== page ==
When I stopped to take the photo of the Elephant, Robert seemed surprised. It seemed such a simple thing. But a massive Asian elephant in the middle of the room seemed to be worthy of telling a story I thought to myself. The plaque next to the huge beast told a story of how this particular elephant was part of a circus. In the year 1909 it had attacked its owner and killed him, so the elephant was humanely put down and the body donated to the museum. There he's stood ever since.
Not far from the elephant stood one of the most famous horses that ever lived in Scotland. He was a Clydesdale, and we discovered later on thanks to the help of Google, the Clydesdale breed was actually first discovered in Clydesdale, Scotland. Robert had said as much right off the bat, but not completely convinced of it, he did the research for me to discover the origins of the breed.
This particular horse was quite special though. This was the most expensive horse in Scotland's history. Due to a dispute between two people claiming to own the same horse by the name of Baron of Buchlyvie, he was put up for auction to settle the dispute. The high bidder paid what would be equivalent to £365,000 by today's standards. That's roughly $587,798.54 in dollars. That was one expensive horse!!
While the paintings in the Kelvingrove numbered in the thousands, there were a few that resonated within me. One of the most famous paintings of Mary Queen of Scots was actually never signed. Nobody knows who painted the masterpiece and it's likely the world will never know. Another was the most famous painting of Robert Burns, the man who wrote so many of the Scottish poetry known world wide - including the song American's hear every New Year, Auld Lang Syne.
The painting to the left is actually the earliest known paining of a man in Highland Dress. The kilt is something people generally associate with Scotland, but how many American's know what else accompanied the kilt and why? The long socks were to protect the mens legs from the thistle that grew wild in the countryside. It's a fairly impressive painting and dress style, and worth clicking on to see the full size image.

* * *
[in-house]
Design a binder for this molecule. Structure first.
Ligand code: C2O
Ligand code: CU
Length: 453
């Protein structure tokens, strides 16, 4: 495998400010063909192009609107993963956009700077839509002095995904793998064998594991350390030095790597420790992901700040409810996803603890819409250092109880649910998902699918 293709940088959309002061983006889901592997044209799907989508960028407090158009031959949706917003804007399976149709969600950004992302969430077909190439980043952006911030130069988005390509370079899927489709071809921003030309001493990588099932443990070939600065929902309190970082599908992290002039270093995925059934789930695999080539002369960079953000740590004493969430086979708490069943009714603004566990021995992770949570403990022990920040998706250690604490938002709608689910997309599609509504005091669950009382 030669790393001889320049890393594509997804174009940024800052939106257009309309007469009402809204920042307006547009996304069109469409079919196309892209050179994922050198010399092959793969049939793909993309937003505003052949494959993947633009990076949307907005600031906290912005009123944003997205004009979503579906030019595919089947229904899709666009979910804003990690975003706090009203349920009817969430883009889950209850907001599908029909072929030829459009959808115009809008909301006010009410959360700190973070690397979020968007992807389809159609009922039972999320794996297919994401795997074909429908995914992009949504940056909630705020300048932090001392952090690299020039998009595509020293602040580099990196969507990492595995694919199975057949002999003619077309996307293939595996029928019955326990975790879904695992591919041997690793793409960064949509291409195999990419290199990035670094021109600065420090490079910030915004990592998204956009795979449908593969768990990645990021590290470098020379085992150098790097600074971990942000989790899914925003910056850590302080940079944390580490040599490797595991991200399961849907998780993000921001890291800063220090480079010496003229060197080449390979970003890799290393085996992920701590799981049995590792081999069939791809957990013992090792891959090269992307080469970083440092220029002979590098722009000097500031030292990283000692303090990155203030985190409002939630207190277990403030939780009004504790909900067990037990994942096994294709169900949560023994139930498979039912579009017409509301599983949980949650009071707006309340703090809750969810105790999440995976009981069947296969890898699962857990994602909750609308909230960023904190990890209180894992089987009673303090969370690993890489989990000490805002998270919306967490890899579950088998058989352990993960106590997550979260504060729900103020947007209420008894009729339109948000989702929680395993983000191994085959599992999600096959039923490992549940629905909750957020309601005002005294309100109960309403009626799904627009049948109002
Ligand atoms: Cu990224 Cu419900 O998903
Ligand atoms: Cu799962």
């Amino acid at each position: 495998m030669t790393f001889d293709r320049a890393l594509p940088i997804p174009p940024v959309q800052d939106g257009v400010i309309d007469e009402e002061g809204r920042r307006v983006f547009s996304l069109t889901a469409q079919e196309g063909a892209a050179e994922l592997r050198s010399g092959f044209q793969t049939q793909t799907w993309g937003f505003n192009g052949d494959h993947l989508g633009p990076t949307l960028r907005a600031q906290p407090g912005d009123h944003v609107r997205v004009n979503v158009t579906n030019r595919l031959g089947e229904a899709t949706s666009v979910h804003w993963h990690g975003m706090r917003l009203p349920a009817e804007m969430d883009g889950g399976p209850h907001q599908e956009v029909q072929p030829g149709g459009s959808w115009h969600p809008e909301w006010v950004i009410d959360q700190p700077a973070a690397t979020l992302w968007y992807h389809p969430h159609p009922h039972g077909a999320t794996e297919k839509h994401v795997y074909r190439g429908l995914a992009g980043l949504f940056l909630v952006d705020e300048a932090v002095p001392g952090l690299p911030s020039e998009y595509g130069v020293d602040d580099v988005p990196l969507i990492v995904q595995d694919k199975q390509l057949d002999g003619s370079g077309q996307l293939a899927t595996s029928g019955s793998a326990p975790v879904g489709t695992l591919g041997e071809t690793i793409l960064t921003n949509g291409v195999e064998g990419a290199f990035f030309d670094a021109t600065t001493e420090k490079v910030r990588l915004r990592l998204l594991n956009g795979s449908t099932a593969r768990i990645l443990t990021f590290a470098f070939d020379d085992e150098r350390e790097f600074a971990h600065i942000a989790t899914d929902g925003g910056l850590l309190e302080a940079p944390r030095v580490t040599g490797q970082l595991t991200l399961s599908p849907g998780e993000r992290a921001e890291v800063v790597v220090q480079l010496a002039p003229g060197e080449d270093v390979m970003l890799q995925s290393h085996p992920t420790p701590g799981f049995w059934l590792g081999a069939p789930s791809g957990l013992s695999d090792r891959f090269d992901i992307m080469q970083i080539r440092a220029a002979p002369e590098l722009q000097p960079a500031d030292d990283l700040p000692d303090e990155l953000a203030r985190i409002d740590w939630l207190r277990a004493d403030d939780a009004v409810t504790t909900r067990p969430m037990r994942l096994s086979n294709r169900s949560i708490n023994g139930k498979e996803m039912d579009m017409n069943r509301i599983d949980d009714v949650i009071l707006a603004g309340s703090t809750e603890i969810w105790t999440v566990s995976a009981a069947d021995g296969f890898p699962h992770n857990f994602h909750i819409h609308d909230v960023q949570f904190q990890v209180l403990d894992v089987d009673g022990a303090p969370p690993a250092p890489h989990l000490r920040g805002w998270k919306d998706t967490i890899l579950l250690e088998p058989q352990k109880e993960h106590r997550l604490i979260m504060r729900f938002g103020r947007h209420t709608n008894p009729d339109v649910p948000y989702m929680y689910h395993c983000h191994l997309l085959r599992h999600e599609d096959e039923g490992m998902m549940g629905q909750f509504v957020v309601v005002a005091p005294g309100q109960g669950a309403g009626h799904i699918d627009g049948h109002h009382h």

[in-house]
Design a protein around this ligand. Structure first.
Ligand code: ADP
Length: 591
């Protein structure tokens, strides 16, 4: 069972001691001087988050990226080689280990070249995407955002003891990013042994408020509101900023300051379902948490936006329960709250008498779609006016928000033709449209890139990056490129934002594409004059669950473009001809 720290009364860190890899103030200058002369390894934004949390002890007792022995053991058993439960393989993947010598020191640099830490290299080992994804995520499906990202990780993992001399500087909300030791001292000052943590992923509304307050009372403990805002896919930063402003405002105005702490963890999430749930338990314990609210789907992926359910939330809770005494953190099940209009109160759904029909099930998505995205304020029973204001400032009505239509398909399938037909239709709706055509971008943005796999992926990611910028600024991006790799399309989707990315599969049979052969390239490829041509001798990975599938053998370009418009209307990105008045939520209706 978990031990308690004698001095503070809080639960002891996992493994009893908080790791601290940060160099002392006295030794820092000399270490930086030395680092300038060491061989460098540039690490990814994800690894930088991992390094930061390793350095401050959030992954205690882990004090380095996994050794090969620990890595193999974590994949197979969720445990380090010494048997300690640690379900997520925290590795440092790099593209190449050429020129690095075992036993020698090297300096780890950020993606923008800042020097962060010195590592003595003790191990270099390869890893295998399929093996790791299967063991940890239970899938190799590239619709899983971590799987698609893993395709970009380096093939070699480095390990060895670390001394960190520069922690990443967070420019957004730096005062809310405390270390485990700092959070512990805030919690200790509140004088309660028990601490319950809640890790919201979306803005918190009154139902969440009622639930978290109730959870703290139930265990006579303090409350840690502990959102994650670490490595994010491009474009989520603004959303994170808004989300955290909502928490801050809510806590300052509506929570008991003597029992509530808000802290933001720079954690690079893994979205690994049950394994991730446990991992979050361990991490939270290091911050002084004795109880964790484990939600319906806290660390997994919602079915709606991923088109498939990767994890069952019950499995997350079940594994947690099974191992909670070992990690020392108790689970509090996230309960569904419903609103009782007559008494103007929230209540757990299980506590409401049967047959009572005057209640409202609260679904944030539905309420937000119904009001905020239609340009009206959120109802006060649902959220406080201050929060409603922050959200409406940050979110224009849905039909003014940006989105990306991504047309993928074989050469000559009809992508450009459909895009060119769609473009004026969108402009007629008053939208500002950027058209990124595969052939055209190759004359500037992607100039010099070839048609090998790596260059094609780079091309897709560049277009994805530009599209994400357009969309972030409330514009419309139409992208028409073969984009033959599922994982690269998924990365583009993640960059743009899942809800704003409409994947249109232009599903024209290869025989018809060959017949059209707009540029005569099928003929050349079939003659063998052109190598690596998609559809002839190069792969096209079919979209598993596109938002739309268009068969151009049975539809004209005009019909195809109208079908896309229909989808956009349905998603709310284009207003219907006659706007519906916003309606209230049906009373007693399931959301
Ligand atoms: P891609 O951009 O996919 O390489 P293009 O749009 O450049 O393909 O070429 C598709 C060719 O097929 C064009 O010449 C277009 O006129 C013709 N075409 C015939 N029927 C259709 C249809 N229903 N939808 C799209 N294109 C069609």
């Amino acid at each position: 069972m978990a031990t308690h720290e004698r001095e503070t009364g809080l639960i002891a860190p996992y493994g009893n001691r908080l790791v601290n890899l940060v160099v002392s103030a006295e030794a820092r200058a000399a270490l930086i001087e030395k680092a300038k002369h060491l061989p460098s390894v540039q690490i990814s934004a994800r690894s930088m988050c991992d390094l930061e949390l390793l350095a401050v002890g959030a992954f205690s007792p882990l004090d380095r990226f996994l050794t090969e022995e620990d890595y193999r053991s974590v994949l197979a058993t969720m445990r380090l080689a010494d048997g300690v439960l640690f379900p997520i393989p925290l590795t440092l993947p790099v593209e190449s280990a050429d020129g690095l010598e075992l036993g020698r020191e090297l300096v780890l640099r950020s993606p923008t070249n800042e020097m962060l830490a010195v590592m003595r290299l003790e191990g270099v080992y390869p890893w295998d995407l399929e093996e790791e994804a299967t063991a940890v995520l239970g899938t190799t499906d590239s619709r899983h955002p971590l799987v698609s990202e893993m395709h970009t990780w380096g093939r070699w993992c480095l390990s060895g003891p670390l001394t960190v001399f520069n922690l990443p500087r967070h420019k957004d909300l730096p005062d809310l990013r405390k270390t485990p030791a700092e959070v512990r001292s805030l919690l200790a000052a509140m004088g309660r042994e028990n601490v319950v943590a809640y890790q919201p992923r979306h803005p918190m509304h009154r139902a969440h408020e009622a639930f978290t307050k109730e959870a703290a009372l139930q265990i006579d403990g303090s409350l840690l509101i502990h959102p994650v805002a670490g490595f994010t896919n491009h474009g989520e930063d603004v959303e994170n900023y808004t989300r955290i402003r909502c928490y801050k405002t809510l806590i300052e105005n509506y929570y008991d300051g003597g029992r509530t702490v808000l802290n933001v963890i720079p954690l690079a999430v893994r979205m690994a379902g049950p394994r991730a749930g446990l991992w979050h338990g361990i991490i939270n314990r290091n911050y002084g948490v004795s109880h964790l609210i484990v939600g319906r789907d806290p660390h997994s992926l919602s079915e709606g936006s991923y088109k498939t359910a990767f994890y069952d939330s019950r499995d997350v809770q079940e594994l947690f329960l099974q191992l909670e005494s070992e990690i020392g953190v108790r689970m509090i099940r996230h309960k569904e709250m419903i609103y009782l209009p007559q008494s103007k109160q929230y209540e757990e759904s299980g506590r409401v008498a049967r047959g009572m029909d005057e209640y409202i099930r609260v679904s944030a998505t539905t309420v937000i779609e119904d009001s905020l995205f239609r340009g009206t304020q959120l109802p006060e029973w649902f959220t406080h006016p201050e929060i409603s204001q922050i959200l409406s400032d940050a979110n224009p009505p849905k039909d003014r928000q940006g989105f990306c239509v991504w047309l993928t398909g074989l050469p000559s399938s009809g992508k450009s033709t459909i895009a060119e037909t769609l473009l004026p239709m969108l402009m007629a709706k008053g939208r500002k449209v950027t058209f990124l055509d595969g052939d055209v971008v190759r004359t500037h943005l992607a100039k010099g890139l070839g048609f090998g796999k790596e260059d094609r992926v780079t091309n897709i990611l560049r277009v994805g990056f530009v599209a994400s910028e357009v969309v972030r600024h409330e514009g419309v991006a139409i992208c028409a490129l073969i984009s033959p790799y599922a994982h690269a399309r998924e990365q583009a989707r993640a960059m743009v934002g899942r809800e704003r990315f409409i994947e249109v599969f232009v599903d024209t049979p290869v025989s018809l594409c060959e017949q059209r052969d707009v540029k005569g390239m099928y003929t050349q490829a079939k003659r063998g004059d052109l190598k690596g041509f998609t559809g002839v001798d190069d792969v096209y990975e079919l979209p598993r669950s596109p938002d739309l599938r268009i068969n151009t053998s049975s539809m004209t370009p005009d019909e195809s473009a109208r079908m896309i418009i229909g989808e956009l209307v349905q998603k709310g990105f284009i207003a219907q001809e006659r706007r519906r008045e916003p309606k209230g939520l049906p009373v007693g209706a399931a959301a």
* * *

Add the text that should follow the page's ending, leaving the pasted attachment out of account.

Probably the most impressive (if not gruesome) item I saw in the museum that day was the cast that was made of King Robert the Bruce's skull. While first all I noticed was the lack of teeth in the front, I started to realize other small details about this man's life that made him stand out among all others. He was a true warrior king in every sense of the word. The plaque next to the skull told even more of a story.
Apparently Robert the Bruce wasn't killed by the massive cut into the brow bone over his left eye. I somehow find that to be rather typical of the Scottish people - they aren't afraid to stand up in the face of adversity, give it their all, and keep going when any other human on the face of the earth would fall and admit defeat. It spoke deeply to me of the character belonging to the man I had loved for nearly 7 years. He came from such a proud, strong and noble people, willing to keep fighting when the battle is nearly lost.
"The battle scarred skull of Robert the Bruce, one of scotland's greatest heroes, was dicovered in the 19th century. It has several deep sword cuts, one cutting deep into his left brow. Loaned by the Hunterian Museum in Glasgow."
I still had much to learn, but I was ready to learn something about the people as they were today, not as they were hundreds or thousands of years ago. I was about to get that chance while on an overnight road trip with Robert, his sister and her husband up into the countryside, to the banks of Loch Lomond.
TO BE CONTINUED...